Involvement over the years - a little history
Designing custom furniture for Leighton House Museum over the decades has been a little like playing the after-dinner parlour-game ‘In The Manner Of The Word’; you are given a fragment of an old photograph then expected to offer an impromptu performance to amuse the assembled company.
Luke Hughes was first commissioned in 1982 by the then curator, Stephen Jones, to make two black-lacquered glazed mahogany display cases to house some of Leighton’s de Morgan china, which had certainly never been behind glass in Leighton’s day. Jones found the meagre Borough annual budgets forced on him the commercial letting of the museum for exotic parties, fashion shoots and the making of artistic videos – hardly compatible with the informal ‘drawing room display’ techniques of his previous curatorial charge, Gainsborough’s House in Sudbury.
The de Morgan china clearly needed better protection, regardless of historical accuracy. Jones, always at heart the utterly serious and professional academic, nevertheless rather enjoyed the social exposure fund-raising required and took great delight in the tale of his chance encounter with an old acquaintance who, upon being told that he was now running Leighton House, replied "Oh yes, I heard; it's a sort of night-club isn't it."
All Jones had to offer for inspiration was a fragment of a late 19th century photograph into which poked a corner of a lacquered side table, the murky details of which offered modest clues, certainly not quite enough to do full historical justice to any design. Luke Hughes was reassured by the museum’s architectural advisor at the time, that scourge of Modernism and towering doyen of the Victorian Society, Ian Grant, as he scribbled some annotations on my proposed sketches, ‘The gist, my dear boy, the gist – Leighton was nothing if not theatrical’.
The house has had a precarious past. Initially designed collaboratively by Leighton and his architect George Aitchison in the 1860s, it evolved and doubled in size over the 31 years that Leighton lived and worked there, becoming one of the most sumptuously exotic interiors of any house in 19th century London. It is one of a tradition of artist-studio houses in the Holland Park area designed by the likes of Webb, Norman Shaw and Burges, built more like show-palaces than as private studios: heavily embellished architectural fantasies, designed to show off personal collections of artefacts as well as display to full effect the works of the artists who lived there. It is an astonishing concoction, the collaboration between artisans, artists, architect and patron being of the kind that later informed the principles of the Arts & Crafts Movement and, in particular, the foundation in 1884 of the Art Workers Guild. Many of those involved with the Leighton House interior were early members of the Guild.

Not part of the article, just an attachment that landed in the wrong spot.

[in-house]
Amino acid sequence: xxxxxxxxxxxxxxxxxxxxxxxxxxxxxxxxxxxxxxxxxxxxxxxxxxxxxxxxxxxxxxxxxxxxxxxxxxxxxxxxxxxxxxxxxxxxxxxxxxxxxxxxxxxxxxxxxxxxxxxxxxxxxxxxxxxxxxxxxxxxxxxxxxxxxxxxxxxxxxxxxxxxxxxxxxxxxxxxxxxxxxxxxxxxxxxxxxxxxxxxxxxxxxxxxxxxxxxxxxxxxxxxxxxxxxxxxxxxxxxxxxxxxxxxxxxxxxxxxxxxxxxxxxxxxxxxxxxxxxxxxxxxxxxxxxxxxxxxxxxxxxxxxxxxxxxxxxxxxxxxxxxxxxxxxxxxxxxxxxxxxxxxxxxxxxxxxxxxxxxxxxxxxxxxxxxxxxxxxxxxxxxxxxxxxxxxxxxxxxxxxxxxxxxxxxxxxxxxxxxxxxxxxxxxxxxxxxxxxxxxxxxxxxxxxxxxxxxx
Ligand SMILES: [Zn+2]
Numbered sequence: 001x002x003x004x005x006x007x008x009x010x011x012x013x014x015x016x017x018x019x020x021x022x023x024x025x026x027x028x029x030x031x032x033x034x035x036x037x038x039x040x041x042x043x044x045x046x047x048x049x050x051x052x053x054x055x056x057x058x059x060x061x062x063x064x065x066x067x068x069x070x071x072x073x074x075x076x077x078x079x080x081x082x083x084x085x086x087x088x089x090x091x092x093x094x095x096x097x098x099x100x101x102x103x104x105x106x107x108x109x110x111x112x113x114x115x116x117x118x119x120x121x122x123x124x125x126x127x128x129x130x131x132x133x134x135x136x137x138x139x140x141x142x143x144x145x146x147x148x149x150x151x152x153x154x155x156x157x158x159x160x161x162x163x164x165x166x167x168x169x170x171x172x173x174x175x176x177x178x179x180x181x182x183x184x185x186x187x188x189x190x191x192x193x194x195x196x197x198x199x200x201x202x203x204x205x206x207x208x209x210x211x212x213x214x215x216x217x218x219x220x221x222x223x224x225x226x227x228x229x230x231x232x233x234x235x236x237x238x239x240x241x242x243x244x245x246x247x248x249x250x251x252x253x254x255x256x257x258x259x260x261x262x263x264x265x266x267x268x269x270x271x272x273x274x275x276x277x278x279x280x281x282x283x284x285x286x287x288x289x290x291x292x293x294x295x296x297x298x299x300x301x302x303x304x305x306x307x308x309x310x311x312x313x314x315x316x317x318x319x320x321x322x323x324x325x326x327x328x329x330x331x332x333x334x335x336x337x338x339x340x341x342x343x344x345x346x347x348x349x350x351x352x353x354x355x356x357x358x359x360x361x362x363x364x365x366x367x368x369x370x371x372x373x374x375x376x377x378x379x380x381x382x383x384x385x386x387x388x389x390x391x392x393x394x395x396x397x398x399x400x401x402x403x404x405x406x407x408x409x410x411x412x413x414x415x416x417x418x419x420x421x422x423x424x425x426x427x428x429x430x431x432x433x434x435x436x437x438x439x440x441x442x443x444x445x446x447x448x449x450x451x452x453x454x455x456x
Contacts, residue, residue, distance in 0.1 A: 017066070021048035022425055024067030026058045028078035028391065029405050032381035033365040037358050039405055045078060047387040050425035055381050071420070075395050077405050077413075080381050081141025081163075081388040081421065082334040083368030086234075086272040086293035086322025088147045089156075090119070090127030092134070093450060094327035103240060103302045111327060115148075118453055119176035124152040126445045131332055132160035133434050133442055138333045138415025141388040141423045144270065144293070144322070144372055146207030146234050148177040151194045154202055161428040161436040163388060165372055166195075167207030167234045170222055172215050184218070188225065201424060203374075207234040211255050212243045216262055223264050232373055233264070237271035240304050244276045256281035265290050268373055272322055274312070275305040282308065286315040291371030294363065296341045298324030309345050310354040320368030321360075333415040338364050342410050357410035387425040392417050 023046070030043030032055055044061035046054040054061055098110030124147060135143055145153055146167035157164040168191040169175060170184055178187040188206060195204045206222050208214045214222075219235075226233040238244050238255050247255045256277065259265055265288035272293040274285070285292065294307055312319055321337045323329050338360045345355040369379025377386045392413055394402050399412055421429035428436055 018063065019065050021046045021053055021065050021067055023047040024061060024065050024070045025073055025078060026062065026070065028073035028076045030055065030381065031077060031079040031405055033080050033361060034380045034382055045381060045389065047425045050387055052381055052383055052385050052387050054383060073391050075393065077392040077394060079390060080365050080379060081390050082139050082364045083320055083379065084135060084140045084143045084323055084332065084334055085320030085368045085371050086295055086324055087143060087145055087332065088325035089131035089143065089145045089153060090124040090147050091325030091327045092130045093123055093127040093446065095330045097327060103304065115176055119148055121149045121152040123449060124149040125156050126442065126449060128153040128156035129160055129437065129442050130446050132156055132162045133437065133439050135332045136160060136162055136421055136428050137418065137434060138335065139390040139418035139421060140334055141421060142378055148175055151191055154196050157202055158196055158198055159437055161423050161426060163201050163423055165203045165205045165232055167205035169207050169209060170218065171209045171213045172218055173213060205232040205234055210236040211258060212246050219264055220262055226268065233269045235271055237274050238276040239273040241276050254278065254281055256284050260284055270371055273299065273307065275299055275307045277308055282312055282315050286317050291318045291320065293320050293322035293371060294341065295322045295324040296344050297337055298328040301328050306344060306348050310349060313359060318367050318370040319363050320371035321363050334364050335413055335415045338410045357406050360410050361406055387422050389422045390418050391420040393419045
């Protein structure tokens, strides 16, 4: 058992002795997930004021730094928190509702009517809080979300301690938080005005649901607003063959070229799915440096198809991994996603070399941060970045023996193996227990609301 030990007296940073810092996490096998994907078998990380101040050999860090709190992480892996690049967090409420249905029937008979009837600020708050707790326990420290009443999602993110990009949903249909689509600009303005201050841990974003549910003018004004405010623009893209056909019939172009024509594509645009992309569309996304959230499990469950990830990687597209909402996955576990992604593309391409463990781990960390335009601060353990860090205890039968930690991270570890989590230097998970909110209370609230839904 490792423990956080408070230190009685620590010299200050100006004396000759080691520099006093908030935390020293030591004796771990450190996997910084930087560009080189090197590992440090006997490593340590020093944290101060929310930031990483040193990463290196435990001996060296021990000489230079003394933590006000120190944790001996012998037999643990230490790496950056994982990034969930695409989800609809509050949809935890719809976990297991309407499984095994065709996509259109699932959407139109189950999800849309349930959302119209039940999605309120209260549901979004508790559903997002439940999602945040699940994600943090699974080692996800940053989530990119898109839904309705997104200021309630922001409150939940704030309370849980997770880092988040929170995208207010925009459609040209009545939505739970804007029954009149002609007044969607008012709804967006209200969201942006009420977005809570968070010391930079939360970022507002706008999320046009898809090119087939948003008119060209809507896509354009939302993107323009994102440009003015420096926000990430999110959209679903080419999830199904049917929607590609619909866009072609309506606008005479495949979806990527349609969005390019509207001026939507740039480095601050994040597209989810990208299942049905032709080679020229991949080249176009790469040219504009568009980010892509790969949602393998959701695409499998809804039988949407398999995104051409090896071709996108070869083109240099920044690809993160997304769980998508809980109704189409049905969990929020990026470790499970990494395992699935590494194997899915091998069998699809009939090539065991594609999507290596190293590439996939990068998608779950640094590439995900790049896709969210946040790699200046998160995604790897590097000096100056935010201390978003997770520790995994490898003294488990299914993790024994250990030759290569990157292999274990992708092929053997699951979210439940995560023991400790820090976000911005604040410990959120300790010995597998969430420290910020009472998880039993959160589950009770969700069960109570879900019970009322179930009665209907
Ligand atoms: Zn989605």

After Leighton’s death 1896, Christies held an eight-day auction of the contents; most were dissipated, many were lost. Since then, the house been white-washed, bombed, converted into the children’s branch of Kensington Central Library and even earmarked for demolition – in 1960 the Borough actually challenged London County Council’s attempts to apply a preservation order. Fortunately, in the 1970s, common sense prevailed and tentative steps were made to recover some of Leighton’s extraordinary aesthetic legacy. Further impetus was generated with the inspired tenure (1981-9) of Stephen Jones as curator.
More parlour games in 2010, when Jones’s equally talented successor, Daniel Robbins, asked if a new desk could be made to sit in Leighton’s study which had been denuded of its centrepiece when Leighton’s furniture was auctioned. The study is the first room to be seen from the museum entrance and the desk was key to that interior ensemble. A few years later, in 2016, some funds were found to commission a replica of Aitchison’ elaborately architectural sideboard in the dining room (used for the display of some of Leighton’s ceramic collection). The latest custom library bookcases in the studio continue this theme.
Luke Hughes was also involved as a design consultant on other aspects of the latest renovations, including the recreation of the front gates.
Media coverage of the reopening of Leighton House can be found here: